Jeffrey Epstein
Jeffrey EpsteinReuters

A forensic pathologist hired by the family of the late financier Jeffrey Epstein says the autopsy “points to homicide rather than suicide.”

Dr. Michael Baden told “Fox & Friends" on Wednesday morning that the evidence suggests that Epstein, a convicted sex offender who was facing new sex trafficking charges for allegedly abusing dozens of minor girls, was strangled to death. Baden, 85, observed the autopsy.

The official cause of death was suicide.

Epstein, 66, was found in his jail cell early on Aug. 10 at the Metropolitan Correction Center in Manhattan. An unnamed official told The Washington Post that he hanged himself with a bed sheet attached to the top of a bunk bed.

Baden cited the specific fractures on Epstein’s neck, saying they are unusual in hangings by suicide and more common in death by strangulation. He also said there were hemorrhages in Epstein’s eyes that were common in homicidal strangulation and uncommon, though not unheard of, in suicidal hangings.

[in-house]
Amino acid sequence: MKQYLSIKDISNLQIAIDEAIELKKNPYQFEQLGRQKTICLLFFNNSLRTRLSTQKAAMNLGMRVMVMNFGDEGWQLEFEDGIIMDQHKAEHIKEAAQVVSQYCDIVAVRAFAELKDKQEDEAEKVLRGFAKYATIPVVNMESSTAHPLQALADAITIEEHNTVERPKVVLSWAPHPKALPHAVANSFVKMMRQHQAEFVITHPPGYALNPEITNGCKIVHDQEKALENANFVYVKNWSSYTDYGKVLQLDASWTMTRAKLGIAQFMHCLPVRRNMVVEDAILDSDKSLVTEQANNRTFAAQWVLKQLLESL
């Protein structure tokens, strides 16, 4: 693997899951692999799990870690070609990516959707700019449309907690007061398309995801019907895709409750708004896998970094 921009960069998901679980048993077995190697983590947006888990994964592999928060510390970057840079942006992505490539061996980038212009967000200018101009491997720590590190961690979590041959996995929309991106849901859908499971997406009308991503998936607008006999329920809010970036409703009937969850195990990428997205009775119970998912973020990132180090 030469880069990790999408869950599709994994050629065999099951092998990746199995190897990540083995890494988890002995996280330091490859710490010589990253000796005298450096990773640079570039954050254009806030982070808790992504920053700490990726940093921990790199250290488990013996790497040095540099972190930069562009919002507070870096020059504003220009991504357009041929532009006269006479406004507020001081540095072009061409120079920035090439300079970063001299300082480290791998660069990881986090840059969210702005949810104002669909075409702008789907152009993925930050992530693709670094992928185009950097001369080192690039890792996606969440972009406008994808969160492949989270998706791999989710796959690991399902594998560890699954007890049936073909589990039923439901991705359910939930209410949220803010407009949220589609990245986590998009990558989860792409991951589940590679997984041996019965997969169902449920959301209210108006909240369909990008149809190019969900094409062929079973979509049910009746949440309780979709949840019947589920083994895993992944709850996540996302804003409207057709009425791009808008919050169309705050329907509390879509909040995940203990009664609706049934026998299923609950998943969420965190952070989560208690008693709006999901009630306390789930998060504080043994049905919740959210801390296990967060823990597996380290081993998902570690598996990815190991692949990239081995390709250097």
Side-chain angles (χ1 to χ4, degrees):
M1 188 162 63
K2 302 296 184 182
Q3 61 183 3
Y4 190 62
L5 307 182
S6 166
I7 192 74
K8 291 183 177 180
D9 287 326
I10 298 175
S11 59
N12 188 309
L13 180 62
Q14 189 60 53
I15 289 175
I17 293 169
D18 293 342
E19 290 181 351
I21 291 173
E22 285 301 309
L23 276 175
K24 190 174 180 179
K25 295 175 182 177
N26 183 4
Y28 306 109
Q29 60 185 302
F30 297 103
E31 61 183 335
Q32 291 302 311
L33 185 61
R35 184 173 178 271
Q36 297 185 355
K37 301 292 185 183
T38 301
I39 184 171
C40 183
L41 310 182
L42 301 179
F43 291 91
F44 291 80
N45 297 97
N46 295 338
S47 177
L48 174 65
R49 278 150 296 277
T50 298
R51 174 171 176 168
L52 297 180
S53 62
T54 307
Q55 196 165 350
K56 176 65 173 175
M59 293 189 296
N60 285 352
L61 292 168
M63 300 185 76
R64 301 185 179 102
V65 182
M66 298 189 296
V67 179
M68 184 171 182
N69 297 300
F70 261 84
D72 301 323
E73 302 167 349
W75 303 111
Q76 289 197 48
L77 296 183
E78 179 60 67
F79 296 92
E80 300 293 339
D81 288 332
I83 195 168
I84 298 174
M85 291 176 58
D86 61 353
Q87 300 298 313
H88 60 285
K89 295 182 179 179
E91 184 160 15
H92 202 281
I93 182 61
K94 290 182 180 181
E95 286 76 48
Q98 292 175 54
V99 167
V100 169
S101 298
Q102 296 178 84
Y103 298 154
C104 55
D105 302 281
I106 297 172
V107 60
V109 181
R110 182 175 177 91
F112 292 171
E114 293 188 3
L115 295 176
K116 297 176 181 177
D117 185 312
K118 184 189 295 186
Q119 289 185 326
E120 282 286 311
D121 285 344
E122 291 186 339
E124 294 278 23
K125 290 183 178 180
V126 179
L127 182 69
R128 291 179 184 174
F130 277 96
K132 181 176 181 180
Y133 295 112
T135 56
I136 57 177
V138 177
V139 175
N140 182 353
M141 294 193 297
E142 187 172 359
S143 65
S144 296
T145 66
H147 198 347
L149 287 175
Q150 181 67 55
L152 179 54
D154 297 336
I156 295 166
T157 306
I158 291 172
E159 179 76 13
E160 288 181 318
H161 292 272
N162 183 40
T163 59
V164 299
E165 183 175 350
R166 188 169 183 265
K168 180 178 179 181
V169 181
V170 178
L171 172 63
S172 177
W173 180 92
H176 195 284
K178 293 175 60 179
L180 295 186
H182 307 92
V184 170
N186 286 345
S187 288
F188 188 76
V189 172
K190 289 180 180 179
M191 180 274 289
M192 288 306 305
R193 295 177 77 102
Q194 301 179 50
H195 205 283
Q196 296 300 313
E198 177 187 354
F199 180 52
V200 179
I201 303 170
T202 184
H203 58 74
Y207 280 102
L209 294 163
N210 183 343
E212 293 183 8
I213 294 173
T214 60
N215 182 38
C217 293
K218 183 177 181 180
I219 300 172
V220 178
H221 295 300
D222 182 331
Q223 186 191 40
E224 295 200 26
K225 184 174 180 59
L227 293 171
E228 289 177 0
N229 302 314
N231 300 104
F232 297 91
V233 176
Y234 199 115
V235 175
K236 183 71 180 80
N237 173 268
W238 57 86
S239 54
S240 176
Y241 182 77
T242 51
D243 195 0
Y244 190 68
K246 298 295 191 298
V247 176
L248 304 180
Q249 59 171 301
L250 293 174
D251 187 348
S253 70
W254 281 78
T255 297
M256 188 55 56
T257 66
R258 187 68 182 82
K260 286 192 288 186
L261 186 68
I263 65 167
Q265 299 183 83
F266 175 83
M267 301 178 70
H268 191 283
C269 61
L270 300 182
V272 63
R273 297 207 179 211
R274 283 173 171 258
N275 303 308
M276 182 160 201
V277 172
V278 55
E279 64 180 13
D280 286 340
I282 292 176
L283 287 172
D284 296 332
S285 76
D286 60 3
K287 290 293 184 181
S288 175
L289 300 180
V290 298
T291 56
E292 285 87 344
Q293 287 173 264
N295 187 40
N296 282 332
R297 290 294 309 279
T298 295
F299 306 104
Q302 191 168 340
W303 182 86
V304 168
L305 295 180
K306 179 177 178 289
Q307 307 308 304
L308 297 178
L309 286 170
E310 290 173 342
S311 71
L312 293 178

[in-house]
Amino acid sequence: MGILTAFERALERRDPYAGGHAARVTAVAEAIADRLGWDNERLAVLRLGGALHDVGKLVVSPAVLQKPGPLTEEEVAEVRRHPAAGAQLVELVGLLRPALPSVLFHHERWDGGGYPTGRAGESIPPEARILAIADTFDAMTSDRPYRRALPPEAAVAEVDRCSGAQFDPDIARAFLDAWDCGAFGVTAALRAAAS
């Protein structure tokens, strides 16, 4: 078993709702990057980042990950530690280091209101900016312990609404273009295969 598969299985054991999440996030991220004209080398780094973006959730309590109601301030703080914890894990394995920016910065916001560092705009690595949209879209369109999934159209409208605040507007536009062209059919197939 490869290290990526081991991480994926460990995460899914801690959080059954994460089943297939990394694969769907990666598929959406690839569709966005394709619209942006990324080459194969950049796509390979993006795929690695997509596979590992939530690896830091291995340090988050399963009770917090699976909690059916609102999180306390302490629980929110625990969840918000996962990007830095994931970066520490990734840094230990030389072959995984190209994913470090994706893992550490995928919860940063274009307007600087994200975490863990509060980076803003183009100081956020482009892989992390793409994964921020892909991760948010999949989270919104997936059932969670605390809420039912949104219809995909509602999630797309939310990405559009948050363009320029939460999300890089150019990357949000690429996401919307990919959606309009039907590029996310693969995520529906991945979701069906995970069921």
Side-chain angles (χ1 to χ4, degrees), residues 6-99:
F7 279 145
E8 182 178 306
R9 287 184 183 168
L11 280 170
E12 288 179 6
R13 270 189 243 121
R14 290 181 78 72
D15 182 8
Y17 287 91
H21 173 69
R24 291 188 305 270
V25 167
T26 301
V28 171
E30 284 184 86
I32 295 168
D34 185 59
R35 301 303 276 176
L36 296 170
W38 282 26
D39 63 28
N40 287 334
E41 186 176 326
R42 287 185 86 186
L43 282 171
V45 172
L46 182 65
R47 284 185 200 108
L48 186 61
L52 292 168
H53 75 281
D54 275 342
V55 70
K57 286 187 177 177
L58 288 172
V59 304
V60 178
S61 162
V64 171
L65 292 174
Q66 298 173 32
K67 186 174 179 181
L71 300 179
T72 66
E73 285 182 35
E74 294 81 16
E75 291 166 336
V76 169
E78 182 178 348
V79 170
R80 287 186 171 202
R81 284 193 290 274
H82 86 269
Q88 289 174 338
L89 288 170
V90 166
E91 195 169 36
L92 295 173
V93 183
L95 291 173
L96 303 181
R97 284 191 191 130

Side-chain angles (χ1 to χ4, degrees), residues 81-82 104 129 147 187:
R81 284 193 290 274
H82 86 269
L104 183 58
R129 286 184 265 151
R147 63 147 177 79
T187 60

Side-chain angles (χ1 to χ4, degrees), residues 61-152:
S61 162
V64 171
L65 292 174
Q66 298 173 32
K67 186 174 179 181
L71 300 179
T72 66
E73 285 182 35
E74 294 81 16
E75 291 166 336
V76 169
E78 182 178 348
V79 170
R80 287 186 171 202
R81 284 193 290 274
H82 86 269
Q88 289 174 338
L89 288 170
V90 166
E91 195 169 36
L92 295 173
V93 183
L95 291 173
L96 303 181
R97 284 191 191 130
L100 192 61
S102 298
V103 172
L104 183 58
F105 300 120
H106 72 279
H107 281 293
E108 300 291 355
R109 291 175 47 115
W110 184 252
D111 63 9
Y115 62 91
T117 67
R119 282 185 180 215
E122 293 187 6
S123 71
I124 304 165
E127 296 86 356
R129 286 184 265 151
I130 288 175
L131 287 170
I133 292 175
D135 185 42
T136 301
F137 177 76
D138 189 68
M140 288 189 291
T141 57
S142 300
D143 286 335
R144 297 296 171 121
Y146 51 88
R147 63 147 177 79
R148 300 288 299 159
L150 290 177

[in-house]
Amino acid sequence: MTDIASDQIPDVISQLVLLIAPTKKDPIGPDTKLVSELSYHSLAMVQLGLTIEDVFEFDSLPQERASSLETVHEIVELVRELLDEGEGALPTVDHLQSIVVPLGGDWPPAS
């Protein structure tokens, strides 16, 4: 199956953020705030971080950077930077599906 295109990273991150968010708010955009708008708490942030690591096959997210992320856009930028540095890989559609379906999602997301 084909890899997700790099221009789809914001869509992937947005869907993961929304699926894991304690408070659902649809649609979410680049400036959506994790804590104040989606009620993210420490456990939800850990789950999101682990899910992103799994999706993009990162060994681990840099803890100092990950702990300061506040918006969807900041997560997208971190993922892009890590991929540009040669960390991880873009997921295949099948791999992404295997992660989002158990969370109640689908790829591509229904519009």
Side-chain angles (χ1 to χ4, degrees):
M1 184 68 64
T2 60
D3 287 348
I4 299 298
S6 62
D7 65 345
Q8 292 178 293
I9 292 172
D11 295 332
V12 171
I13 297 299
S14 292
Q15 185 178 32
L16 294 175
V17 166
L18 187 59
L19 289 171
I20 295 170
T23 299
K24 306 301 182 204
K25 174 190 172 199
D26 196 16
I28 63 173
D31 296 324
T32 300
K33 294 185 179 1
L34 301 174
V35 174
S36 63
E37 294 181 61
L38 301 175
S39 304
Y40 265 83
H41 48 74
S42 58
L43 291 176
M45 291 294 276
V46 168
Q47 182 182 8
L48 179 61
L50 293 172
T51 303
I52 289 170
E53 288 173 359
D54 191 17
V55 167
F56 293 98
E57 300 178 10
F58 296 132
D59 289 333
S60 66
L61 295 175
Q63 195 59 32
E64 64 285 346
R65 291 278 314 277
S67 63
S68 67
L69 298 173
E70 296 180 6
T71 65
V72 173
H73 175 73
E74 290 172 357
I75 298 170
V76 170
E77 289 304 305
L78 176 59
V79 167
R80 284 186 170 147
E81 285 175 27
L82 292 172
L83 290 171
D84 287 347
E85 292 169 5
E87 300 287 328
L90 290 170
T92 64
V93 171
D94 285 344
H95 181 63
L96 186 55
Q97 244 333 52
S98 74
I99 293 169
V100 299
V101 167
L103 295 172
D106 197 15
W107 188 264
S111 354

His death spawned online conspiracy theories, including that Epstein was killed to keep him from incriminating others.

Two weeks before his death, Epstein was found unconscious in his cell with bruises to his neck and was placed on suicide watch.

Baden told Fox that his independent investigation was not complete.

The FBI and the Justice Department are investigating how mistakes made by Bureau of Prisons personnel may have contributed to Epstein’s death, including taking him off suicide watch.

Epstein was set to face trial next year for alleged offenses in New York and Florida, which include paying and coercing girls as young as 14 into performing sexual acts.